Midfielder Patrick Ebert is another member who failed to break through into the German national side despite his 13 youth caps. Spending the majority of his career playing in Germany with Hertha Berlin, Ebert now plays his football in Spain. At the start of this season Patrick signed on with La Liga side Rayo Vallecano. This wasn’t his first venture into Spanish football. He spent two years at Valladolid but left after facing disciplinary action following his refusal to play against Villarreal.
I’ll round off the midfield with one final name, Anis Ben-Hatira. A common name for Bundesliga fans, Ben-Hatira has spent his entire professional career playing in Germany. He’s also a full national, having obtained 4 caps for the Tunisian national side. In 2010, while signed with Hamburg, Ben-Hatira was offered a trial at Barclays Premier League side West Ham United however he failed to impress and continued at Hamburg. Now with Eintracht Frankfurt, Ben-Hatira got his first match time in a solid year, starting for Frankfurt on MatchDay 27 and scoring the only goal in Die Adler’s much-needed 1-0 win over Hannover.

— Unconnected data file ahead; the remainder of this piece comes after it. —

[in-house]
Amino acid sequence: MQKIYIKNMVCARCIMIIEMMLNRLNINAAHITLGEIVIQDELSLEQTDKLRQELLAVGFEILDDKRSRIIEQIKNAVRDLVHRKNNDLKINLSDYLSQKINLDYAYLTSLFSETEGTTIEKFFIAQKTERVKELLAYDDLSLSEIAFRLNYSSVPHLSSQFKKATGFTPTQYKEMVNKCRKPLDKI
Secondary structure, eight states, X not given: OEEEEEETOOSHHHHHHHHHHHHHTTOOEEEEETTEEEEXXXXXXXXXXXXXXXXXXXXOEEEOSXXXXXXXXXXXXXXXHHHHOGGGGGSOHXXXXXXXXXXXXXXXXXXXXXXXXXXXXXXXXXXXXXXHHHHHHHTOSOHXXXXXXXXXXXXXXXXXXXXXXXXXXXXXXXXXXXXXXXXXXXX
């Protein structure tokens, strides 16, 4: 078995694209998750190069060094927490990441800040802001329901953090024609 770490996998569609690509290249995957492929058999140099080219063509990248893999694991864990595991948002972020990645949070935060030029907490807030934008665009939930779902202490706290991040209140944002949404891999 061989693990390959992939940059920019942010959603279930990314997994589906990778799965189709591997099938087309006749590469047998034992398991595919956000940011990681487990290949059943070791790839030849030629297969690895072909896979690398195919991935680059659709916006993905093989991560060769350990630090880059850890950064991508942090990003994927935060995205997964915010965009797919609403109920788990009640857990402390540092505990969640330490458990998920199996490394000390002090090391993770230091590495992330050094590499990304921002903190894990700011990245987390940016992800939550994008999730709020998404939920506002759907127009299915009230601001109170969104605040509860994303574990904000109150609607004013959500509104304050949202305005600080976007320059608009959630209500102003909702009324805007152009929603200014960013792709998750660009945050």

A special mention to Marko Marin; he was once dubbed one of the brightest prospects in Germany but his career has slowly fizzled out after countless injuries and an ill-advised move to global superclub Chelsea. After loan time from Chelsea at Sevilla, Fiorentina and Anderlecht, Marin’s career is getting a bit back in order in Turkey on loan to Trabzonspor this season.
Moving onto the forwards and all three selected have been a disappointment. Ashkan Dejagah is a full international for Iran and also has a Bundesliga title medal that he won with Wolfsburg in 2009. He now finds himself in Qatar with Al-Arabi (currently managed by Gianfranco Zola). He spent a couple of seasons in England with Fulham but left after they were relegated from the Barclays Premier League.